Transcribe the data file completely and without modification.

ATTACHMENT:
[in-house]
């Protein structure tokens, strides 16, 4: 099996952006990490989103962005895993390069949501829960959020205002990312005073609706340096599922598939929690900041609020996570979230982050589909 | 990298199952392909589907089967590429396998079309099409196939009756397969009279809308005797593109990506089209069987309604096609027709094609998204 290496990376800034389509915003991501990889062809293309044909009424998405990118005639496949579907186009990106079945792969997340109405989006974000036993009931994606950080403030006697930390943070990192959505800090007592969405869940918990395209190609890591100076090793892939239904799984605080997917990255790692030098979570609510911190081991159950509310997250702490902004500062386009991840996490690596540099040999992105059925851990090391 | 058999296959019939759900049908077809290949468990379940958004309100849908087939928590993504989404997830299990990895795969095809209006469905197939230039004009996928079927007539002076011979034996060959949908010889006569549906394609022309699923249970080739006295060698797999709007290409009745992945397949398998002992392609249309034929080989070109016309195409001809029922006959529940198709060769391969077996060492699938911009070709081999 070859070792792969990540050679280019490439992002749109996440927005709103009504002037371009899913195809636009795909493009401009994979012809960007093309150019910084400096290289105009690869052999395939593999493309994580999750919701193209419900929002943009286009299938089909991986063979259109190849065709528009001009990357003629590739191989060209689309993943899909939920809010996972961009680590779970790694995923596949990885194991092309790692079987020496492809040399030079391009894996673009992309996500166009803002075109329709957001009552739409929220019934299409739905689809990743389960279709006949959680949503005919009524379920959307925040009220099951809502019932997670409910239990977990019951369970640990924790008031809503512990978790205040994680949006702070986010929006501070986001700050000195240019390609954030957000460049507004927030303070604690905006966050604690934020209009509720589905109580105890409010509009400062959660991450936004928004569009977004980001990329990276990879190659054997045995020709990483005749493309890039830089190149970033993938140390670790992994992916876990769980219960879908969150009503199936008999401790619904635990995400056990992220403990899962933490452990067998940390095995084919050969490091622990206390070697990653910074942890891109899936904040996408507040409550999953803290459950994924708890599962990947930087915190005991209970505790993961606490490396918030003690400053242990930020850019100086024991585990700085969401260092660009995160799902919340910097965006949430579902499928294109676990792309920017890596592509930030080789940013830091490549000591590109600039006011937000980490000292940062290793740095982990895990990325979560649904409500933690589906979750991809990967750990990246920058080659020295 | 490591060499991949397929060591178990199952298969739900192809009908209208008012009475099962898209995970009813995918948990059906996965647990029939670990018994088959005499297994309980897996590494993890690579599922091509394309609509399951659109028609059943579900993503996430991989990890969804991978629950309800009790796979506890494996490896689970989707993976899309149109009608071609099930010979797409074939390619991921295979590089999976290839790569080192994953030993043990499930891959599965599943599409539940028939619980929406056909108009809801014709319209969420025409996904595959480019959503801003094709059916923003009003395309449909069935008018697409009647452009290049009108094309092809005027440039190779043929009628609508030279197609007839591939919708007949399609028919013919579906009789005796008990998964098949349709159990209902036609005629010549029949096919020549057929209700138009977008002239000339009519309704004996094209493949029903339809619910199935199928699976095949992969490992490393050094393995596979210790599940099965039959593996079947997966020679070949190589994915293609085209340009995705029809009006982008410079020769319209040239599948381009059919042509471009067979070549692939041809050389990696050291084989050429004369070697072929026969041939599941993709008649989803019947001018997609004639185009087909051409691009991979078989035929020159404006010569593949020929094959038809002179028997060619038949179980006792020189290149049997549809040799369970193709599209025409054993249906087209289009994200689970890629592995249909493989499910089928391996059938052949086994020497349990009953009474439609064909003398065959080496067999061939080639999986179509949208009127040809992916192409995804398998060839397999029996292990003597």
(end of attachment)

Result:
[in-house]
């Protein structure tokens, strides 16, 4: 099996952006990490989103962005895993390069949501829960959020205002990312005073609706340096599922598939929690900041609020996570979230982050589909 | 990298199952392909589907089967590429396998079309099409196939009756397969009279809308005797593109990506089209069987309604096609027709094609998204 290496990376800034389509915003991501990889062809293309044909009424998405990118005639496949579907186009990106079945792969997340109405989006974000036993009931994606950080403030006697930390943070990192959505800090007592969405869940918990395209190609890591100076090793892939239904799984605080997917990255790692030098979570609510911190081991159950509310997250702490902004500062386009991840996490690596540099040999992105059925851990090391 | 058999296959019939759900049908077809290949468990379940958004309100849908087939928590993504989404997830299990990895795969095809209006469905197939230039004009996928079927007539002076011979034996060959949908010889006569549906394609022309699923249970080739006295060698797999709007290409009745992945397949398998002992392609249309034929080989070109016309195409001809029922006959529940198709060769391969077996060492699938911009070709081999 070859070792792969990540050679280019490439992002749109996440927005709103009504002037371009899913195809636009795909493009401009994979012809960007093309150019910084400096290289105009690869052999395939593999493309994580999750919701193209419900929002943009286009299938089909991986063979259109190849065709528009001009990357003629590739191989060209689309993943899909939920809010996972961009680590779970790694995923596949990885194991092309790692079987020496492809040399030079391009894996673009992309996500166009803002075109329709957001009552739409929220019934299409739905689809990743389960279709006949959680949503005919009524379920959307925040009220099951809502019932997670409910239990977990019951369970640990924790008031809503512990978790205040994680949006702070986010929006501070986001700050000195240019390609954030957000460049507004927030303070604690905006966050604690934020209009509720589905109580105890409010509009400062959660991450936004928004569009977004980001990329990276990879190659054997045995020709990483005749493309890039830089190149970033993938140390670790992994992916876990769980219960879908969150009503199936008999401790619904635990995400056990992220403990899962933490452990067998940390095995084919050969490091622990206390070697990653910074942890891109899936904040996408507040409550999953803290459950994924708890599962990947930087915190005991209970505790993961606490490396918030003690400053242990930020850019100086024991585990700085969401260092660009995160799902919340910097965006949430579902499928294109676990792309920017890596592509930030080789940013830091490549000591590109600039006011937000980490000292940062290793740095982990895990990325979560649904409500933690589906979750991809990967750990990246920058080659020295 | 490591060499991949397929060591178990199952298969739900192809009908209208008012009475099962898209995970009813995918948990059906996965647990029939670990018994088959005499297994309980897996590494993890690579599922091509394309609509399951659109028609059943579900993503996430991989990890969804991978629950309800009790796979506890494996490896689970989707993976899309149109009608071609099930010979797409074939390619991921295979590089999976290839790569080192994953030993043990499930891959599965599943599409539940028939619980929406056909108009809801014709319209969420025409996904595959480019959503801003094709059916923003009003395309449909069935008018697409009647452009290049009108094309092809005027440039190779043929009628609508030279197609007839591939919708007949399609028919013919579906009789005796008990998964098949349709159990209902036609005629010549029949096919020549057929209700138009977008002239000339009519309704004996094209493949029903339809619910199935199928699976095949992969490992490393050094393995596979210790599940099965039959593996079947997966020679070949190589994915293609085209340009995705029809009006982008410079020769319209040239599948381009059919042509471009067979070549692939041809050389990696050291084989050429004369070697072929026969041939599941993709008649989803019947001018997609004639185009087909051409691009991979078989035929020159404006010569593949020929094959038809002179028997060619038949179980006792020189290149049997549809040799369970193709599209025409054993249906087209289009994200689970890629592995249909493989499910089928391996059938052949086994020497349990009953009474439609064909003398065959080496067999061939080639999986179509949208009127040809992916192409995804398998060839397999029996292990003597």